Saturday, 25 March 2017

The Adventures of Buckaroo Banzai Across the 8th Dimension (1984)


Some of the costume choices in this image probably help you to see what oddness you have in store...


Director: WD Richter
Cast: Paul Weller (Buckaroo Banzai), John Lithgow (Dr Emilio Lizardo/Lord John Whorfin), Ellen Barkin (Penny Priddy), Christopher Lloyd (John BigbootĂ©), Clancy Brown(Rawhide), Jeff Goldblum (New Jersey), Vincent Schiavelli (John O’Connor), Robert Ito (Professor Hikita), Carl Lumbly (John Parker)

Okay so watching that was strange. If you looked up “cult movie” in the dictionary you would probably see an embedded video of this film. It’s so cult it has literally no interest at all in appealing what so ever to anyone outside of its established sci-fi crowd. If Star Wars was sci-fi for the masses, this is camp sci-fi for the cultish elite.

The plot is almost impossible to relate but Buckaroo Banzai (Paul Weller) is a polymath genius – surgeon, rocket scientist, rockstar – who perfects a device that can travel through solid matter and dimensions. But creating the device makes him a target for a race of aliens, led by Lord John Whorfin (John Lithgow) who live in the gaps between dimensions and want to use the device to escape.

The film is part straight-laced 1940s sci-fi serial, part tongue-in-cheek romp, part comic book, part satire. In fact it’s nearly impossible to categorise, which is certainly in its favour: you’ve certainly never seen anything like it before. It’s bursting with ideas and straight faced humour and clearly had an influence on sci-fi still today (for starters there are more than a few beats of Moffat-era Doctor Who here, while Banzai himself would fit in as The Doctor). It bursts out of the screen with a frentic energy, not massively concerned with narrative logic or consistency, its solely focused on being entertaining. It throws the kitchen sink at the screen with all the passion of fan fiction.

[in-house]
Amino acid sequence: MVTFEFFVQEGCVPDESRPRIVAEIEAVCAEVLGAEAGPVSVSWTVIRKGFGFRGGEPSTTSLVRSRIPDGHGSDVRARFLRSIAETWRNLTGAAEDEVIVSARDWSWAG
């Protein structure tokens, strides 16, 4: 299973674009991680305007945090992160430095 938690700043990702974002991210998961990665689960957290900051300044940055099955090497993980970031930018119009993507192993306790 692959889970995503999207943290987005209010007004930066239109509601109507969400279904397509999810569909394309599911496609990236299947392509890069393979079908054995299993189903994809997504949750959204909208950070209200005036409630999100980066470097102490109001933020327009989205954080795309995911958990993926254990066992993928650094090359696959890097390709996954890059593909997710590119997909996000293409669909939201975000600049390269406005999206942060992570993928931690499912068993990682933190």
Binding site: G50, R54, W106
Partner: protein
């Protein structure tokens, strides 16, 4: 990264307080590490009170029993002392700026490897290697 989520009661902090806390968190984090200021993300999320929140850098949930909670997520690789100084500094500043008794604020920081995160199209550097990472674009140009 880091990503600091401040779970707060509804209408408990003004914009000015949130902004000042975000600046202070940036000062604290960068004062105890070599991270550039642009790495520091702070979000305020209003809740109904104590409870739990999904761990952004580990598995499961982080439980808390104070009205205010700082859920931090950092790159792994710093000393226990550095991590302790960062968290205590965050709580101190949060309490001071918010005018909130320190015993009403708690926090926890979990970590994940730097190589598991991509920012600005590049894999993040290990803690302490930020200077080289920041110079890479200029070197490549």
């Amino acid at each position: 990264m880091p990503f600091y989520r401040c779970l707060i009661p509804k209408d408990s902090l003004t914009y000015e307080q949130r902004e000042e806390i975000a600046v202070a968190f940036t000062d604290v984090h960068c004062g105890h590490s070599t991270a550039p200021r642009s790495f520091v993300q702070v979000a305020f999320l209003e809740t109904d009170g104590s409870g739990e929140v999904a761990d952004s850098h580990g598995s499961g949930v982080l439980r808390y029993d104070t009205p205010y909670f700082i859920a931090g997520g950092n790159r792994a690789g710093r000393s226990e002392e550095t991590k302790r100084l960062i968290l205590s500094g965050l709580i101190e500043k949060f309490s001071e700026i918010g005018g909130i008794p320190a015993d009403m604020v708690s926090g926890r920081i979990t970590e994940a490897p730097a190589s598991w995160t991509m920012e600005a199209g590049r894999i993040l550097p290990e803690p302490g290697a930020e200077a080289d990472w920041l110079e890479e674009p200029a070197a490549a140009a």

Despite all this I think you have to have a very certain sense of humour and set of interests to really enjoy it – and I’m not sure that I did. If you don’t have an encyclopedic knowledge of comic books and sci-fi you’ll probably feel like you are missing something (and you probably are). I’m also not sure there is much there to attract the “muggle” fan – Weller plays the lead with a smoothness and a charming straightness but he’s not the most interesting of characters (to be brutally honest). Lithgow counter balances him by going utterly over the top in a performance of ridiculous Mussolini-like bombast. But it’s not completely engaging. Basically if you don’t love it within the opening 25 minutes, you aren’t going to won over by anything else that happens. Every frame of the film is setting itself up as a chance for cult fans to speak to each other.

It actually rather feels like you are being invited to a party but then are left with your nose pressed up against the window. All the actors are clearly having a whale of a time with the other-the-top setting and bizarre half-gags. But I’m not sure all that enjoyment really travels across the screen to the viewer. While it’s sorta sweet in it’s almost sexless innocence (Birkin plays the lost twin of Banzai’s wife but there’s never a hint of real sexual buzz anywhere). Characters sport guns and hang around in a nightclub, but Banzai’s gang are essentially a group of 11 year olds who have taken adult form. So it’s gentle and has an innocent chumminess, but also a bit hard to engage with it.

I think in the end I just found it a little too eager and straining to be an outlandish, deliberately cultist film – it’s like an inverted elitest piece of modern fiction, that uses narrative tricks, devices and style to make itself harder for the regular viewer (or reader) to be part of its experience. So while this is something very different and almost insanely off the wall, it’s also something that is never going to move you or appeal in the way Empire Strikes Back will do.

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